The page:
What happens after the death of a globally famous athlete whose public image was interwoven with shoes, clothing and other endorsement deals? At The Goods, Dan McQuade explores the growing amount of Kobe Bryant-related merchandise sold after his death earlier this year. Some of it’s legitimate; some of it occupies a grayer legal area. And some of it’s just bizarre:
On January 28, I was covering a Donald Trump rally in Wildwood, New Jersey. Alongside shirts where Baby Yoda wears a MAGA hat, vendors were selling bootleg “Mamba Out” (referencing Bryant’s nickname) and other Kobe memorial shirts.
McQuade’s article explores two distinct threads from Bryant’s career: the posthumous demand for merchandise related to him, which has led to a wave of sales of his line of sneakers for Nike, is one. The other is the way that Bryant himself maintained careful control over his image, which included signing a sneaker endorsement deal when he was still in high school.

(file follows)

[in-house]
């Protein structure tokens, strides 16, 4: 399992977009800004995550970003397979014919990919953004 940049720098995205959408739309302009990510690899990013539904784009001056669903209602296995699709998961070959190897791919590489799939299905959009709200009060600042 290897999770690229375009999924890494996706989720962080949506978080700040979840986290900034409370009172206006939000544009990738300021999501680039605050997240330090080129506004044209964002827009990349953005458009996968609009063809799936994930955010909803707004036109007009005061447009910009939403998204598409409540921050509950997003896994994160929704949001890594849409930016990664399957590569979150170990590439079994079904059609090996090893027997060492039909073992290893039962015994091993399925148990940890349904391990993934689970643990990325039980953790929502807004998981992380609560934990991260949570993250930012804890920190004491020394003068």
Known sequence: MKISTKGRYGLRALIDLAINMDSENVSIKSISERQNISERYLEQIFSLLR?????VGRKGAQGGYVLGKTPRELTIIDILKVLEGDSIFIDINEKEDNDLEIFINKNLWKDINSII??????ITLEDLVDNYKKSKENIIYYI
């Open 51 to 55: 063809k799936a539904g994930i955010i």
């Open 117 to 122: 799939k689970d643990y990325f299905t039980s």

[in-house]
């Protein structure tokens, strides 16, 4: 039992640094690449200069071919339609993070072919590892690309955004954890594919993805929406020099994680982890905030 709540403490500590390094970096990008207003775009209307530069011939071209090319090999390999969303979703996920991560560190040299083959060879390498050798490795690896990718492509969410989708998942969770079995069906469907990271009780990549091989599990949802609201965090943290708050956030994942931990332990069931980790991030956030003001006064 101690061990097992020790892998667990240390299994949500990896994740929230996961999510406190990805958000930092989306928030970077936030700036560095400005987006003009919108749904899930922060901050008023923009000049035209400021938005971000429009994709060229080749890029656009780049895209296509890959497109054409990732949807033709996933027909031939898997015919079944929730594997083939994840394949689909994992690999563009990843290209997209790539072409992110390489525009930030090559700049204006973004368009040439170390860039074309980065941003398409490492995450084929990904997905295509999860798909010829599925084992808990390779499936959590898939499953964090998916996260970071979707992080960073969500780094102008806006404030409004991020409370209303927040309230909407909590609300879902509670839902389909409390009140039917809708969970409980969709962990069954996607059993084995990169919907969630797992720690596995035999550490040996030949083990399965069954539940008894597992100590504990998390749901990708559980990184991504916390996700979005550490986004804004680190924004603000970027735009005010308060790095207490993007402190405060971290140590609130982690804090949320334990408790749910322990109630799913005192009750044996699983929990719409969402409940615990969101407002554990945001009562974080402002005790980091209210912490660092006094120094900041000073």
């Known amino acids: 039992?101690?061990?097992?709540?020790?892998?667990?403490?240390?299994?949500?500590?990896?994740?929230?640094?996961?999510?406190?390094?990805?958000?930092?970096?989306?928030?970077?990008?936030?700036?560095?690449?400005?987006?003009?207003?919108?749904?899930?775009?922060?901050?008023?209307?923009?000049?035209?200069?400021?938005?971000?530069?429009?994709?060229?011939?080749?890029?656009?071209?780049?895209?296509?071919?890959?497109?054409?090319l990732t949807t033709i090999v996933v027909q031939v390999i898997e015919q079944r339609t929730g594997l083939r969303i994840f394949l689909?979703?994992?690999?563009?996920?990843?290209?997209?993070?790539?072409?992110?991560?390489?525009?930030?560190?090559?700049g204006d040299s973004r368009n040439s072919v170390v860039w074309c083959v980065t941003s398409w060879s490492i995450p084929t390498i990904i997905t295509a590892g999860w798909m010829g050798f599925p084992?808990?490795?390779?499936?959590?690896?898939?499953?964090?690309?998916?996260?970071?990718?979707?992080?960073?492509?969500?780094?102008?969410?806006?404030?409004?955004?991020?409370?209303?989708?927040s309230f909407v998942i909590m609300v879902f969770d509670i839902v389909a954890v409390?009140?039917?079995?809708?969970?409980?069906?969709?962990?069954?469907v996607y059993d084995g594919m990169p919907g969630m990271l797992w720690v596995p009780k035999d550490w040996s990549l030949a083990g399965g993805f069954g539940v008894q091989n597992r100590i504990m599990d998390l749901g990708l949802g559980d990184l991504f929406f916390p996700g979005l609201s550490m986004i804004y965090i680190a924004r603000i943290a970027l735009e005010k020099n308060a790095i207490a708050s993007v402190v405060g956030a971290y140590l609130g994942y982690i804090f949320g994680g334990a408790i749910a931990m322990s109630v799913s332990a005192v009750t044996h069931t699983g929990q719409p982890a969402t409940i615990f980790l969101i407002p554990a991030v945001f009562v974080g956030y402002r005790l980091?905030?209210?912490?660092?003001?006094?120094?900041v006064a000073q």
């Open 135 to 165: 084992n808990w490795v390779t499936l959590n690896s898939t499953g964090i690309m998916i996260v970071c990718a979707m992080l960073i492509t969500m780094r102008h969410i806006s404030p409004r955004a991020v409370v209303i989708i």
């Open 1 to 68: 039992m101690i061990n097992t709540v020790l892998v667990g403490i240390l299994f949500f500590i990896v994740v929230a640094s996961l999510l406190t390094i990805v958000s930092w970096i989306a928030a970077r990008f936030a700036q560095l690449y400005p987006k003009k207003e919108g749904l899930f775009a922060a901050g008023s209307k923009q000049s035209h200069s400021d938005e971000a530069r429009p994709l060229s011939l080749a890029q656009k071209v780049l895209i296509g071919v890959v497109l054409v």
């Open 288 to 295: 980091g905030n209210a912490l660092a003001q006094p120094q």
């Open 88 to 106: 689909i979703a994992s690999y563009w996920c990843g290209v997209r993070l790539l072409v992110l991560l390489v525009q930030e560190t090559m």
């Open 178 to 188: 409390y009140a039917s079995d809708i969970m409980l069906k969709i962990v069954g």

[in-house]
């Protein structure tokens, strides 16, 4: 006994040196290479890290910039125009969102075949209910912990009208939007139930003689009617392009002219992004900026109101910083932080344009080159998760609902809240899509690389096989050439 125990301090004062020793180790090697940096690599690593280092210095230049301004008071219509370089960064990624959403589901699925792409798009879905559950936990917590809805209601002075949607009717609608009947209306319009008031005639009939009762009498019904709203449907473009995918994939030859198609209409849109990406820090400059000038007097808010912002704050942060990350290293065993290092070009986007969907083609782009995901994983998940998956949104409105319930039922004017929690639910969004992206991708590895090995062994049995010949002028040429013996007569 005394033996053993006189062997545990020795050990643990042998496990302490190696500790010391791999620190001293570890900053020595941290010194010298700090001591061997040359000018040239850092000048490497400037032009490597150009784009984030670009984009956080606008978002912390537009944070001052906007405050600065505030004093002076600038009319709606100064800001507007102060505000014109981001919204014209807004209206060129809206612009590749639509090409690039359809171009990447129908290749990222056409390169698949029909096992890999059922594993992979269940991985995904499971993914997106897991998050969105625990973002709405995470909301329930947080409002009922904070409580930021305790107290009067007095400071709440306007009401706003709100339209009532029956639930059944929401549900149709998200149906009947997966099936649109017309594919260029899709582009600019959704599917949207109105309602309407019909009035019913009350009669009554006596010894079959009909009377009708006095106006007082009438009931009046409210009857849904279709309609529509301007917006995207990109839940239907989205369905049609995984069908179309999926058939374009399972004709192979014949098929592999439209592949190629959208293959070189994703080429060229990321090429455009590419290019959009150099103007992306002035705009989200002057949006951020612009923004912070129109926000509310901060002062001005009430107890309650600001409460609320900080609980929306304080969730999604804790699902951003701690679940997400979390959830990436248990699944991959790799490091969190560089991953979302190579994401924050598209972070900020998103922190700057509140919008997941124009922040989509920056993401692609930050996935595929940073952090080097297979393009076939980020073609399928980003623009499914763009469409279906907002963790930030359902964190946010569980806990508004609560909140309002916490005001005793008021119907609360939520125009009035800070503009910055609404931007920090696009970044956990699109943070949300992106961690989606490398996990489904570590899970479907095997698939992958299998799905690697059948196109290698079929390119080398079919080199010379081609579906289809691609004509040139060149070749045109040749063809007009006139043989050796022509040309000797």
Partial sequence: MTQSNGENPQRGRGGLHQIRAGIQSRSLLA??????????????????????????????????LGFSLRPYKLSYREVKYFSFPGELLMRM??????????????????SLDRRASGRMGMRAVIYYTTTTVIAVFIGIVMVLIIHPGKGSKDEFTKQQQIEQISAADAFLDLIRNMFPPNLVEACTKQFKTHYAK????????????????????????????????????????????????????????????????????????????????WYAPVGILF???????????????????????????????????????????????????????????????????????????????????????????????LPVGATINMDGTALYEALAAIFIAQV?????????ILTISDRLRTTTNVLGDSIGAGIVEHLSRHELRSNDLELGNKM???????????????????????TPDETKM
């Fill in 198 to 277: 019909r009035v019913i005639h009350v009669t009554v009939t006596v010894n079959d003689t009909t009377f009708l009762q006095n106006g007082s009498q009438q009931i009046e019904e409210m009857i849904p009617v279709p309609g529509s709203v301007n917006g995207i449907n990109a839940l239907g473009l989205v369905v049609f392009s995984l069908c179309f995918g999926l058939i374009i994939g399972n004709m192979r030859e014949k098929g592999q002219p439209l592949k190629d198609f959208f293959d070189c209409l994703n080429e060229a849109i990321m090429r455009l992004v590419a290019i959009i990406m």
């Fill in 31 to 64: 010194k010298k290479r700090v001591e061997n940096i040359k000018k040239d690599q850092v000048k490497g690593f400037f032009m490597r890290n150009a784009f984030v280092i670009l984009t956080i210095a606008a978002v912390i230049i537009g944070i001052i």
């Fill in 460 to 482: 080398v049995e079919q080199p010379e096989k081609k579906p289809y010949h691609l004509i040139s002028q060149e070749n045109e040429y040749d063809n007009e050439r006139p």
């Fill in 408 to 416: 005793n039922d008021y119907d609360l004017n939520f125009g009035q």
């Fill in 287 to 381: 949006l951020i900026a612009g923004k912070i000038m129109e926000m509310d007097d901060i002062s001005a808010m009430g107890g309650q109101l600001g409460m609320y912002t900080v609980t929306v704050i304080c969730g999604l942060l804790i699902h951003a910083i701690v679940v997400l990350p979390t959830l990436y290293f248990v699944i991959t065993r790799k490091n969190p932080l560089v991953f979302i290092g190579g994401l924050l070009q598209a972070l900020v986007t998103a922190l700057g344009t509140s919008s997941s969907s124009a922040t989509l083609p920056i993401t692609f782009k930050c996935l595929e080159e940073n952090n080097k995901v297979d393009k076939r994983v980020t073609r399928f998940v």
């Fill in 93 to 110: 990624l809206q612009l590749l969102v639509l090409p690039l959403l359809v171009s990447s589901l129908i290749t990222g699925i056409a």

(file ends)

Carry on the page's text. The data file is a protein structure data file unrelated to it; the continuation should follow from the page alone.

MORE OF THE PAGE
Bryant’s fame goes a long way towards explaining why there’s been such a demand, but some of it also has to do with the quality of the shoes in question. “One of the reasons Byrant’s Nike shoes were so popular is because they were good to play in,” McQuade writes. “Besides Michael Jordan — well, and Chuck Taylor — Bryant was the only athlete and brand pitchman whose sneakers continued to be worn by NBA and college players after his retirement.”
As McQuade noted in his article, the afterlives of celebrities are becoming a sizable industry, so the demand for Bryant-related clothing and ephemera doesn’t come as much of a surprise. It does beg the question, though, of what might come next.
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